From the outside, Todd Hido’s home looks perfectly normal. You might even pass it by without a second thought. Hido lives in a warm-blue Rockridge dwelling with his wife, Nina, and their three-year-old twins, Owen and Audrey. The neighborly artifice has all the broad strokes of a Rockwellian unit: A family sedan parked at the curb; a patch of grass scattered with toys; a pair of tricycles tossed across the front porch.
Despite the facade, Hido is a fine art photographer best known for his assault on such tidy wrappings. In 2001, when Hido was 34 and a recent graduate of Oakland’s California College of Arts and Crafts, he published his first monograph, entitled House Hunting. In its simplest form, the book was a collection of suburban homes photographed at night and with long exposures. In most of the images the only light source comes from inside the home, and often it’s the pale blue haze from a lone television set — a suggestion that someone is home, but perhaps tuned out from reality. The book’s overall comment was unsettling: It revealed an entire world of houses that appeared somehow haunted despite their perfectly manicured front lawns. House Hunting became an art world sensation. Critics from the San Francisco Chronicle to the New York Times praised the young artist for capturing the emptiness that crept through the suburban landscape. If Rockwell convinced us that home was a comfort zone, Hido (pronounced Hi-dough) flipped the wisdom on its head. Through his lens, suburban dwellings were cold places where secrets were kept, lies were told, and terrible things occurred — especially at night. “Todd’s eerie photographs of American houses have changed the way we define the word ‘home,'” wrote Sheri McKenzie, vice president of enrollment at CCAC.
Seven years later no one in the art world disputes that claim. Hido, who grew up in the ‘burbs of Kent, Ohio, takes the praise in stride. Underneath, he’s a humble Midwesterner, reluctant to speak of himself in such esteemed terms. Yet he also possesses the peculiar mannerisms of a true art geek, one who’s most at home in a darkroom, poring over contact sheets during the wee hours. His friends describe him as single-minded and driven. “All of this,” Hido said one day in his studio, “has actually been a slow and steady process. To an outsider, it may look like it was an overnight thing … But one of my projects has always built off another and led to another.”
Since House Hunting Hido’s career has ascended steadily even as his subject matter has gotten more opaque. His follow-up monograph, Roaming, was a collection of dreary landscape shots taken through his car windshield. Again, it earned him the acclaim of a seminal artist. “Rising star Todd Hido is a genius,” wrote Rangefinder, a respected art photo magazine. “His ability to look at our everyday environment and infuse it with a magical still-life quality, even while he’s moving, is part of his magic.”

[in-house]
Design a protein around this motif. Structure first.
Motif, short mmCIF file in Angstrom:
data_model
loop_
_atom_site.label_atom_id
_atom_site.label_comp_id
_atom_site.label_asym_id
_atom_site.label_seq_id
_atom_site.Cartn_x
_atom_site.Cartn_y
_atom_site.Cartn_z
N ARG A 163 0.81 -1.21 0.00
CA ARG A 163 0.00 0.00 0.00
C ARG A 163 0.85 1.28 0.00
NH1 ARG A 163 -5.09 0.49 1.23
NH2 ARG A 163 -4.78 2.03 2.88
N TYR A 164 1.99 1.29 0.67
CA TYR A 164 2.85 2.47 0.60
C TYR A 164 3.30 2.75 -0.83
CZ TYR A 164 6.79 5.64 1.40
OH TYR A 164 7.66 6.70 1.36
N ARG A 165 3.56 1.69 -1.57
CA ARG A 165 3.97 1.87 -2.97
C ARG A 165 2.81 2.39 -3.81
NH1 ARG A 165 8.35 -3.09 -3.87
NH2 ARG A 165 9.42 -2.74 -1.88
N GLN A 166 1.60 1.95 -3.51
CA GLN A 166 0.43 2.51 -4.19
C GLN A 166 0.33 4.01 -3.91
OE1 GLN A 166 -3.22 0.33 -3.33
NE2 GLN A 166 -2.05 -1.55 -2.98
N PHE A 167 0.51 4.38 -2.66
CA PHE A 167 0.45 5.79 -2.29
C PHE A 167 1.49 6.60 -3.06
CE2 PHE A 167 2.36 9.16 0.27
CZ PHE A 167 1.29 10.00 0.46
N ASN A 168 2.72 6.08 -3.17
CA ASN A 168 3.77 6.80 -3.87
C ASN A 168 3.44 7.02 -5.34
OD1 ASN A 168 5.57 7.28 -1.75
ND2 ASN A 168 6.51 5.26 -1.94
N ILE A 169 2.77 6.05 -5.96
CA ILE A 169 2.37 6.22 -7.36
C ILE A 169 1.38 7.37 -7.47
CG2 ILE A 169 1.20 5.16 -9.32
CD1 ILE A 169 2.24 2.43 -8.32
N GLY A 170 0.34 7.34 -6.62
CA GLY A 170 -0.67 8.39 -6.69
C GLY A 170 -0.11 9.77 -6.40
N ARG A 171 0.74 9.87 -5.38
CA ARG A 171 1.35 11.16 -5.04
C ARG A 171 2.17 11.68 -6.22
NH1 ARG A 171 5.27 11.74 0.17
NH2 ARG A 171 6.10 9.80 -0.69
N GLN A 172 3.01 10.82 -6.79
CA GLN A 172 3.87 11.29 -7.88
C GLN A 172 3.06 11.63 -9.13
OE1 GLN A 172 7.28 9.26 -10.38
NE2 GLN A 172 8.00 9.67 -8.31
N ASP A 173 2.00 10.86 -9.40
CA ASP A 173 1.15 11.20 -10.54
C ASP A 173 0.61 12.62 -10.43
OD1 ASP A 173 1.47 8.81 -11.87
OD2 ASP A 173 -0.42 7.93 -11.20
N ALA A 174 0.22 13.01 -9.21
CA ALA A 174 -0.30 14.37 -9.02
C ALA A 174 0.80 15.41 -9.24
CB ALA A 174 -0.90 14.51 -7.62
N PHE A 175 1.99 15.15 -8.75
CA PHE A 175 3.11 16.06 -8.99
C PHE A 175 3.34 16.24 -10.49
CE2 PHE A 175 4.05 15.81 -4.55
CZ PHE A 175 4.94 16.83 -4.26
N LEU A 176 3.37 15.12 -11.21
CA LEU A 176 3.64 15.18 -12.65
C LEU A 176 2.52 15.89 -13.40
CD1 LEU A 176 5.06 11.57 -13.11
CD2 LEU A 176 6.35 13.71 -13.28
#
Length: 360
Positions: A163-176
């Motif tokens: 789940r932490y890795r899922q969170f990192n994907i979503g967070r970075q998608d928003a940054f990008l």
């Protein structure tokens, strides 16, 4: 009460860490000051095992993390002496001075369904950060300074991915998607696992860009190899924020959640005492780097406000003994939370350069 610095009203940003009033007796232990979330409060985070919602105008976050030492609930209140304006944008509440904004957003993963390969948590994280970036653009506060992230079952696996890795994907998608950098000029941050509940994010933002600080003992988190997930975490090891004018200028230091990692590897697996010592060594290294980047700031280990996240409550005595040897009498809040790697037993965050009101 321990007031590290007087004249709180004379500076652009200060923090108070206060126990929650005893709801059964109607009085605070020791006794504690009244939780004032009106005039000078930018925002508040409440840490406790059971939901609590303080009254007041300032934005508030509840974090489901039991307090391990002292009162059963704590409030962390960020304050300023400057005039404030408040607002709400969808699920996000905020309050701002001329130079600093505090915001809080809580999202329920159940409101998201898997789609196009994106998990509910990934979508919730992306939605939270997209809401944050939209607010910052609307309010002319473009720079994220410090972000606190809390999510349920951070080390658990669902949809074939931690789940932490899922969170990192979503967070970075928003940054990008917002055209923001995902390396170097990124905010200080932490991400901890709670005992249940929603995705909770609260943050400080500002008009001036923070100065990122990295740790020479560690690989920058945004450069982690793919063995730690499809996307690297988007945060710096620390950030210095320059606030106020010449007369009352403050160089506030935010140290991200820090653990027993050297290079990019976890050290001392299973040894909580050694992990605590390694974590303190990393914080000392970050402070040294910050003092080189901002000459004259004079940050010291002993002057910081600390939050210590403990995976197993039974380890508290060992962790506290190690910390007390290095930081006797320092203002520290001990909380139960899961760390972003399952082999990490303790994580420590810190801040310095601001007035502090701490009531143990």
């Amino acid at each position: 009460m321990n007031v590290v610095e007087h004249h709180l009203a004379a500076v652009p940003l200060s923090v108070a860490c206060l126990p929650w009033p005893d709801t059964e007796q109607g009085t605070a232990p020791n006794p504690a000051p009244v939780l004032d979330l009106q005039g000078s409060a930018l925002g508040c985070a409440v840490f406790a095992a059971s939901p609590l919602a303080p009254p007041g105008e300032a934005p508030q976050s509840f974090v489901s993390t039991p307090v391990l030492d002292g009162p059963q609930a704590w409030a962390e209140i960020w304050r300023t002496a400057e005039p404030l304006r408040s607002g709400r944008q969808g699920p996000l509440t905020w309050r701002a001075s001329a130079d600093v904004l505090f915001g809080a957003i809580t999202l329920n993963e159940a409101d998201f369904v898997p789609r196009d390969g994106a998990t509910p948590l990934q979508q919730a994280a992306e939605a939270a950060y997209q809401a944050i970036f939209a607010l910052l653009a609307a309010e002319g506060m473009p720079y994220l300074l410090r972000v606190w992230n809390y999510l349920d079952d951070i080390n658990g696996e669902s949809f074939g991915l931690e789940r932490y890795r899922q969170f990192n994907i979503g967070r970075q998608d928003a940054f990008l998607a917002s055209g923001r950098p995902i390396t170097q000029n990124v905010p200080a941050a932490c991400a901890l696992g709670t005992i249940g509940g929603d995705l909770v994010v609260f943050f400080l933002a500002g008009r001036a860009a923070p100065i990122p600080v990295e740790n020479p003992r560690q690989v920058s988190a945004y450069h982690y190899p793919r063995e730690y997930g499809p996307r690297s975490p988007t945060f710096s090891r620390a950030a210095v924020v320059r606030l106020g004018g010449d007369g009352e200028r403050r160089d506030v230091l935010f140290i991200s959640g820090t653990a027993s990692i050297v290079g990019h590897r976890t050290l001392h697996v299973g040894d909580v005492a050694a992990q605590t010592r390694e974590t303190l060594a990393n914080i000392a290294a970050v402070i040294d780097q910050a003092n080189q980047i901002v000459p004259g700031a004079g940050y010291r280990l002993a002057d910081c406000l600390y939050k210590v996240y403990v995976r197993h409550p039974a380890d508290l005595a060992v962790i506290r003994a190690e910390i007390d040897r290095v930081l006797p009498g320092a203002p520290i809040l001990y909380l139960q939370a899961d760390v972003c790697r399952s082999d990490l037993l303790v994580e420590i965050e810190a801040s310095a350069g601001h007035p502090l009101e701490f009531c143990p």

Today, an original Hido print fetches as much as $10,000, and some reside in the permanent collections at SFMOMA, the Whitney, and New York’s Guggenheim. He’s one of the few U.S. photographers who can aim his lens toward the seemingly mundane — the backdoor of a house, a winding road, a wet telephone pole — and have it lauded as high art, the starting point for a broad discussion of the human condition.
In January, however, Hido surprised some of his longtime admirers by changing his subject matter. He shipped off the prints for his latest book, tentatively titled Dark Quarters, which includes some of his trademark house studies, but also something new: Human beings.
The artist, who has made his name internationally from photographs that are conspicuously absent of people, has spent the last year clicking nude portraits of women in shabby motel rooms around the Bay Area. The images represent a mid-career gamble for Hido. Nudes are rarely the stuff an art maven will drop $10K for, much less if they contain elements of erotica, which Hido’s do. Or, perhaps, the art world will again hail Hido’s ability to capture the dramatic tensions inherent in the body, just as he did with households.
San Francisco gallery owner Stephen Wirtz, whose early support helped launch Hido’s career, sounded cautious after viewing the nude shots recently. “They’re really new for me so I’m not sure where I’m coming in from,” Wirtz says. “I don’t know that I’ve resolved how I feel about them nor do I know if Todd has.”
Hido still heads out on a house hunt a few nights each month. Around ten o’clock one Tuesday night in November, the photographer drove toward his favorite neighborhood in Pacifica. It was cold and rainy — perfect weather. Hido had just tucked his twins into bed and packed his wife’s car with a medium-format camera, tripod, and a bag of Kodak color film. He usually hauls sandbags to steady the tripod, but he’d left those behind in his own car. On some nights Hido cruises four or five hours and never gets out of the car. Since he got successful, he admits, those nights have become more frequent. “A lot of the times I’m editing in the field as I go,” the photographer said as he steered through the maze of potential homes. “I’ll see a house and think, ‘But how is it going to add to my body of work?’ And that’s dangerous. A lot of times I just won’t take it.”
To combat the malaise, Hido has to remind himself of what it was like to be young and hungry for opportunity. “I got all those pictures from not knowing what was going to happen, and just shooting,” he says. “So recently, I’ve been talking myself back into just going for it, instead of thinking, ‘Oh, I know how that’s going to turn out.'”